Stroud Journal 04/04/1919 – Bert Ayers lately demobilised from the army & still limping..Bert and his many brothers, we cannot be quite sure of their number, are a truly fortunate lot, in so far as they are one of the few families who have come through this war without the loss of one of them. And this is not because they have had soft snips, or been existing on home service or at the base. Each one of themhas been up the line nearly all the timein the front line fighting units in the trenches

Ayers Robert George (Bob)

Stroud News 30/6/1916 – Home from France where has been since Oct last. In 49th Canadian division. Emigrated to Canada 5-6 yrs ago. Farming. One of 5 soldier sons of Mr & Mrs Ayers of Butterrow, who also have 2 sons-in-law serving.

Stroud Journal 04/04/1919 – Marriages: March 20th (1919) at Stroud Parish Church(by special license) Robert George Ayers, 49th Canadians, fifth son of James Richard Ayers & Mrs Ayers, he Laurels, Butterrow, Nr Stroud, to myrtle Trixie Tessible, second daughter of George & Olivia Osborne of Osborne House, Tower Hill, Stroud.

Stroud News 3/11/1916 – Bob & Monty Ayers sons of Mr & Mrs Ayers of Butterrow have written to their brother Jack who was brought back from the trenches to work on munitions on which  he was employed before war broke out. They are both in the pink of condition though somewhat weary, a very natural position.

Ayers Harry

No military references yet found

Ayers Frederick

No military references yet found

Ayers Montague Thomas (Monty)

10th Royal Fusiliers. Sergeant.

Stroud News 3/11/1916 – Bob & Monty Ayers sons of Mr & Mrs Ayers of Butterrow have written to their brother Jack who was brought back from the trenches to work on munitions on which  he was employed before war broke out. They are both in the pink of condition though somewhat weary, a very natural position.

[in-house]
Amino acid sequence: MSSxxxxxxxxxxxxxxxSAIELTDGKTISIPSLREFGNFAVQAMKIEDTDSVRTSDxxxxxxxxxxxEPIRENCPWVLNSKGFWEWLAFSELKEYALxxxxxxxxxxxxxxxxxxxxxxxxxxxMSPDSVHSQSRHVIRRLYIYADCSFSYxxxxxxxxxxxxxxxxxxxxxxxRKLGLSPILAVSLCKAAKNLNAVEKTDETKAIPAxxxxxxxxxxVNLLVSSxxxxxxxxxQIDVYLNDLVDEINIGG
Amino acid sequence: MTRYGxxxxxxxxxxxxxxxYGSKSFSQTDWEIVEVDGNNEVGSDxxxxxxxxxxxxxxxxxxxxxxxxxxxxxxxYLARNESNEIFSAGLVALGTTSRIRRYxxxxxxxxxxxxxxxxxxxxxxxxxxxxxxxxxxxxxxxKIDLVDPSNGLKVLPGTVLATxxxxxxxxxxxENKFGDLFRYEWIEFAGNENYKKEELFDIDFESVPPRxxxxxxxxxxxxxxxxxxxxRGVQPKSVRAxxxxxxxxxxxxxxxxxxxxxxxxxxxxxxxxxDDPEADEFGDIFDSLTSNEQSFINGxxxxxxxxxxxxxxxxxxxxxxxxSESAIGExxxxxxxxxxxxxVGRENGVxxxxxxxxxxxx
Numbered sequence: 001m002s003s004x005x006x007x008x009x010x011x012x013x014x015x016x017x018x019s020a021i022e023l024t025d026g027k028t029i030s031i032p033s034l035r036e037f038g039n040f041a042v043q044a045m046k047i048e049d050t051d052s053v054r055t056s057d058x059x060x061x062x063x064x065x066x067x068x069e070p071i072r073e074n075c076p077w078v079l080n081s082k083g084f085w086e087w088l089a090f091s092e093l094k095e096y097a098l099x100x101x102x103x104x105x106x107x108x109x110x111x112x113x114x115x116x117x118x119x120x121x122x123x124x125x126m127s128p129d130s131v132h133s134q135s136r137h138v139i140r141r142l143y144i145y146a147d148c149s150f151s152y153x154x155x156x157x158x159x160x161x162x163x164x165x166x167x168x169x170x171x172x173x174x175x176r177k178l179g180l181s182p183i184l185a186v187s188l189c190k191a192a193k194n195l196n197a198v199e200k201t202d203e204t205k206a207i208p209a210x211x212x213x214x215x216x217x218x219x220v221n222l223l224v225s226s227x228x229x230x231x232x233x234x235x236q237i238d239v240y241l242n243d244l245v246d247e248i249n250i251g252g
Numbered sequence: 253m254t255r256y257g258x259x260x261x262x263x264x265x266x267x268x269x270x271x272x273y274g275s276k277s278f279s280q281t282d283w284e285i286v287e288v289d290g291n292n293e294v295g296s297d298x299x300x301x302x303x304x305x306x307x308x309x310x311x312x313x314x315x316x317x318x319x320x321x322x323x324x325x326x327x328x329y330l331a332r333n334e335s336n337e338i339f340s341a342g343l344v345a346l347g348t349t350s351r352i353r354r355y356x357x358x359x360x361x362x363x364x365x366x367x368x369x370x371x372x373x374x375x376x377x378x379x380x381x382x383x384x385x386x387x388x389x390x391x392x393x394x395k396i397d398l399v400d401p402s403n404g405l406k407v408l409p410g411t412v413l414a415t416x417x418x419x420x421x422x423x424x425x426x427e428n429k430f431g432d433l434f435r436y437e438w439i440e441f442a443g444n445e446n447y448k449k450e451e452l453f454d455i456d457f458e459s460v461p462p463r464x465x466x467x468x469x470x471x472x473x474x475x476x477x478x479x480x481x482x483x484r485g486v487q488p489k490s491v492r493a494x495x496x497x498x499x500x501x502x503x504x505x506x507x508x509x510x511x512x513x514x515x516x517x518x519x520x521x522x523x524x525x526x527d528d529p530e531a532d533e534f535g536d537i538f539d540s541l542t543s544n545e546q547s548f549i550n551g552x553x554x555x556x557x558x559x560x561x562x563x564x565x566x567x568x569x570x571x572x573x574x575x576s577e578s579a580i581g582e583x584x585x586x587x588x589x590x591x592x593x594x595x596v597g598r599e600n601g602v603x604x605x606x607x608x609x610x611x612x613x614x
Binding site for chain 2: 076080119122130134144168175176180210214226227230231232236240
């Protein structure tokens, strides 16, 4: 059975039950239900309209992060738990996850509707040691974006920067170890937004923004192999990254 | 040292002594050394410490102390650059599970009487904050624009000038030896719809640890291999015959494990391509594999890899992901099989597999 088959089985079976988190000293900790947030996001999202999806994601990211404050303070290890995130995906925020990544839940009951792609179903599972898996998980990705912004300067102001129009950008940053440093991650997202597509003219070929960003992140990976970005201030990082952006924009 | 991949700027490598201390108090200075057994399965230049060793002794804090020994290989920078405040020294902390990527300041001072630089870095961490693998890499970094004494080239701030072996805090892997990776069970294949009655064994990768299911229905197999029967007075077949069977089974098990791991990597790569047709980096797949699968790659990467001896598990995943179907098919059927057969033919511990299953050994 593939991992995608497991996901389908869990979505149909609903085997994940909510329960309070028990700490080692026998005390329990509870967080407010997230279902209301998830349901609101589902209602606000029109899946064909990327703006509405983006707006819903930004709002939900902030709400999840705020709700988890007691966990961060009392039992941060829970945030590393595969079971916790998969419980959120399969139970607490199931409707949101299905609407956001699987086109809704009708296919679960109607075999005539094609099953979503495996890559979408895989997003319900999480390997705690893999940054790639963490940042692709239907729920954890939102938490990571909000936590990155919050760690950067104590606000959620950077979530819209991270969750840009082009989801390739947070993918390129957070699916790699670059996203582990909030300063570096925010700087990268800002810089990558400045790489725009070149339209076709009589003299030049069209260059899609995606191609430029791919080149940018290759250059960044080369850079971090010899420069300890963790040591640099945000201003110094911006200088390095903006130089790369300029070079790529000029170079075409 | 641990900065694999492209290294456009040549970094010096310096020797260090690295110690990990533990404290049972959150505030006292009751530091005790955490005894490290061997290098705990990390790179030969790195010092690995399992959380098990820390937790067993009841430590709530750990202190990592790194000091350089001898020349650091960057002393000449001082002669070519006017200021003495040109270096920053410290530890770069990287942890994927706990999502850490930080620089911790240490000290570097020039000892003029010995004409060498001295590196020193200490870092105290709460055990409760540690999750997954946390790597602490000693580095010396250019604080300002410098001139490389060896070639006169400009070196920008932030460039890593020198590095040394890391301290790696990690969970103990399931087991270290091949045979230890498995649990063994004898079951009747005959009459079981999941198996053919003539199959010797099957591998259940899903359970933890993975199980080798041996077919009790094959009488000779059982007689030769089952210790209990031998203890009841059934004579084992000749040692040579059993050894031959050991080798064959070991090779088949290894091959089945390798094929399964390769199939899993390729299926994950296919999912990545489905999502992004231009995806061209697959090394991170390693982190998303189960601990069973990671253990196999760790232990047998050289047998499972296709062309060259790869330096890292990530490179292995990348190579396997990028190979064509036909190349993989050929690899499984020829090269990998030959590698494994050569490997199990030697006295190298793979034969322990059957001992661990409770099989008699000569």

Stroud News 5/1/1917 – Monty Ayers Corporal Royal Fusiliers, home on sick leave. Has been in France for about18 months.Previously engaged in engineering with Messrs Waller & Co of the Pheonix Ironworks at the Thrupp.

Ayers Walter Charles

Postman. Wounded in the lungs. Died 1st Jan 1925, leaving widow and baby

Stroud News 10/11/1916 ‘With the Colours’ – I was pleased to welcome Mr Water Ayers, stationed at Plymouth, one of several soldier sons of Mr & Mrs Ayers of the Butterrow, Stroud. He has been in the army for five months and this is his first leave: he might have come home some months ago, but when relief was convenient he was unable to take advantage of it because he was in training in Ireland. Walter is a fine specimen of a gritty soldier and in the Royal Garrison Artillery he cannot fail to be of great value. Through the examination as a signaller – telegraphist and telephonist.  – he came out with honours and is very keen on his work. Of course the experience he gained while employed at the Stroud General Post Office, served him in good stead. He now sports the crossed flags and the laurel wreath with the letter T inset. Three or four of his brothers – I am not sure of the number – are on active service, two in France. The Ayers brothers are good fighters. Walter Ayers was grieved to learn of the passing of his Post Office colleague Walter Jones. He will get to rub shoulders with Maurice Halliday who went to Bristol on Friday and has been attached to the RGA at Plymouth.